People may no longer be prosecuted for cultivating, possessing and using small amounts of dagga for private purposes. But what are the consequences for the workplace?
The recent decision of the Constitutional Court in Minister of Justice & Others v Prince & Others to decriminalise the cultivation, possession and use of dagga for private purposes set the cat among the pigeons for employers. Questions raised by employers include whether employees are now allowed to use marijuana (dagga) during working hours; whether possession of it on the employer’s premises is permitted and whether an employer may still take action against an employee who is under the influence of dagga or has dagga in his system.
Right to privacy
What complicates matters is that the court declared that people have the right to consume cannabis ‘in private’ and not only in the privacy of their homes. This implies that one may also consume cannabis at places other than one’s house, as long as it is not in public. However, as is the case with all human rights provided for in the Constitution, the right to privacy is not an unlimited right.
The employer’s premises are not ‘private’. Employers may, therefore, implement rules that regulate the possession and use of dagga at the workplace. This may include a total prohibition on its use and possession. In fact, the General Safety Regulation 2A of the Occupational Health and Safety Act commands employers not to allow any person who is or who appears to be under the influence of an intoxicating substance, to be allowed access to the workplace. Neither may an employer allow any person to have intoxicating substances in his or her possession in the workplace. Cannabis is an intoxicating substance.
If there is proof on a balance of probabilities that an employee is under the influence of dagga, the employer would be entitled to take disciplinary action. Depending on the circumstances – e.g. the frequency of transgressions and safety considerations – this could result in dismissal. If the employee can show that he or she has a dependency problem, the matter should – as is the case with alcohol dependency – be treated as an incapacity (ill health) issue. The status quo regarding alcohol and drug possession and use, therefore, remains. Employers should, however, remove references to dagga as an ‘illegal’ substance from their policies and merely refer to it as an ‘intoxicating substance’.
‘Under the influence’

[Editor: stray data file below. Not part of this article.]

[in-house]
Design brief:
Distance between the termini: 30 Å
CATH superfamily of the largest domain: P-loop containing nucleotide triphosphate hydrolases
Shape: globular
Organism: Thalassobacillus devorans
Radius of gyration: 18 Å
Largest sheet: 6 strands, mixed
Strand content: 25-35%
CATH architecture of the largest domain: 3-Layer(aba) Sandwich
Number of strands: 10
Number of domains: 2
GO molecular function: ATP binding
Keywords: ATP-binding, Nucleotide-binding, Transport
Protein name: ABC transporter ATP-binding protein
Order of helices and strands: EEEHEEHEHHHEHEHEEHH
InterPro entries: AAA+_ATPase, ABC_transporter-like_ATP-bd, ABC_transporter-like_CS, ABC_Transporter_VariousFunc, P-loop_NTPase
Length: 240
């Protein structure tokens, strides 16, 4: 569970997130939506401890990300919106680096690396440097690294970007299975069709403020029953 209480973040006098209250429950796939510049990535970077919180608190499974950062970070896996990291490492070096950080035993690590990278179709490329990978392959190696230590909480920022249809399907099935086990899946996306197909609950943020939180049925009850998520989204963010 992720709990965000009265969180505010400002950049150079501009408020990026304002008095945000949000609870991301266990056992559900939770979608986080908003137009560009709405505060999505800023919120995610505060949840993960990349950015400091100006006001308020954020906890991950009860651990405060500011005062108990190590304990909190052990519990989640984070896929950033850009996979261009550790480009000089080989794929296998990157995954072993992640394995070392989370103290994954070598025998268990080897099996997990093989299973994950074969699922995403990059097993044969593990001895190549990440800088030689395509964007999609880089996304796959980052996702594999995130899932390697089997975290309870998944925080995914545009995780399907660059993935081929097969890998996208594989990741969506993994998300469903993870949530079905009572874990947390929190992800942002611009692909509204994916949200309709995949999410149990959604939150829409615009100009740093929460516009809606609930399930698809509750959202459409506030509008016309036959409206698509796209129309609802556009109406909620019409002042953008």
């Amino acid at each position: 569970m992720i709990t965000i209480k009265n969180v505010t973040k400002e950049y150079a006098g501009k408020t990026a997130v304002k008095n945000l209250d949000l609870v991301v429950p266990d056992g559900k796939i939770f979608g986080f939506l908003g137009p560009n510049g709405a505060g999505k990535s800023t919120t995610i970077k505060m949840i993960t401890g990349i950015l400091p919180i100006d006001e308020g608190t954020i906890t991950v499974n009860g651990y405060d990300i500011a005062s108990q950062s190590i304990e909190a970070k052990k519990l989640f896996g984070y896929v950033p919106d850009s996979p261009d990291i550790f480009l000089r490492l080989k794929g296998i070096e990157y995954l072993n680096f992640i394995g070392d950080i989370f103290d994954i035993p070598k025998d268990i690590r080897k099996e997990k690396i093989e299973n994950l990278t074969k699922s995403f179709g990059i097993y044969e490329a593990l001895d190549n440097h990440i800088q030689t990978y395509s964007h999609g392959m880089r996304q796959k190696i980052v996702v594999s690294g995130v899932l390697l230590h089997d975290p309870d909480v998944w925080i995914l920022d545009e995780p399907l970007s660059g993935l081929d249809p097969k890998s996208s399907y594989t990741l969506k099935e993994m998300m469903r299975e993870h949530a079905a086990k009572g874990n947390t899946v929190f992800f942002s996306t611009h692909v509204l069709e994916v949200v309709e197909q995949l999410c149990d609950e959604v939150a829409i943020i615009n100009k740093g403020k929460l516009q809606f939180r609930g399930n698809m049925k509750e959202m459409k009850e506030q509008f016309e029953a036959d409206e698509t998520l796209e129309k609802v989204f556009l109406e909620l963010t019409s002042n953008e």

The active compound in marijuana‚ tetrahydrocannabinol (THC)‚ apparently can linger in a person’s system for weeks and even months for heavy users. This means that an employee who legally used cannabis on a Friday evening is likely to show traces of the drug if tested at work on a Monday, but will no longer be under the influence, and is unlikely to be impaired. In other words, even if a person is no longer ‘high’‚ he or she can still test positively for the substance.
The mere presence of dagga will not be sufficient to prove that a person is under its influence. Whether employers can take action against someone for allegedly being under the influence of dagga will depend on whether the substance is still affecting the employee’s ability to function and perform normally. It appears, however, that the tests for cannabis cannot accurately determine this effect. So what can employers do given this uncertainty?
Employers may continue to conduct random tests for alcohol and substance use, or test an employee ad hoc if there is reason to suspect that the employee may have consumed substances that are forbidden at work. Experts say that saliva tests have a relatively short cut-off level - it can show a positive result for THC for about six hours post-use‚ rather months as is the case with urine or blood tests. Employers should consult with experts in the field.
Dagga in system
One way of overcoming the difficulty of establishing whether an employee is under the influence of dagga, is to implement a rule that anyone who is found to have THC in his or her system after a saliva test will be guilty of a disciplinary transgression. Given the employer’s continuing duty under the OHSA to ensure workplace safety, we believe that such an offence can justifiably be regarded as serious. While a first transgression probably will, in the normal course of events, not justify dismissal, a repeat transgression may well result in the ultimate sanction.
Because of the high risk associated with intoxication in respect of certain occupations (e.g. operating heavy machinery, pilots, medical staff or other circumstances where an intoxicating substance poses a risk to the property of the employer or the safety of the employee or others), it is arguable that the mere presence of dagga or any other intoxicating substance in the blood may render the employee unsuitable for the job. An employer could, in respect of such occupations, implement a rule stating that a first transgression of a positive test may justify summary dismissal. However, dismissal remains a measure of last resort and all circumstances should be taken into account before a decision is made to dismiss the employee.
As with alcohol abuse, an employer may take disciplinary action against an employee, without a test, if the effects of cannabis are clearly observable.
Where an employee is tested, such test must comply with s7 of the Employment Equity Act, No 55 of 1998. The employer must also ensure that testing for cannabis is voluntary and confidential. The employer may introduce a condition of employment that makes it obligatory to undergo regular medical testing if employment conditions justify this.
The Constitutional Court judgement has given rise to much speculation and confusion. Employers should therefore educate employees about the implications of the judgment and how it affects them.
Barney Jordaan for www.labourwise.co.za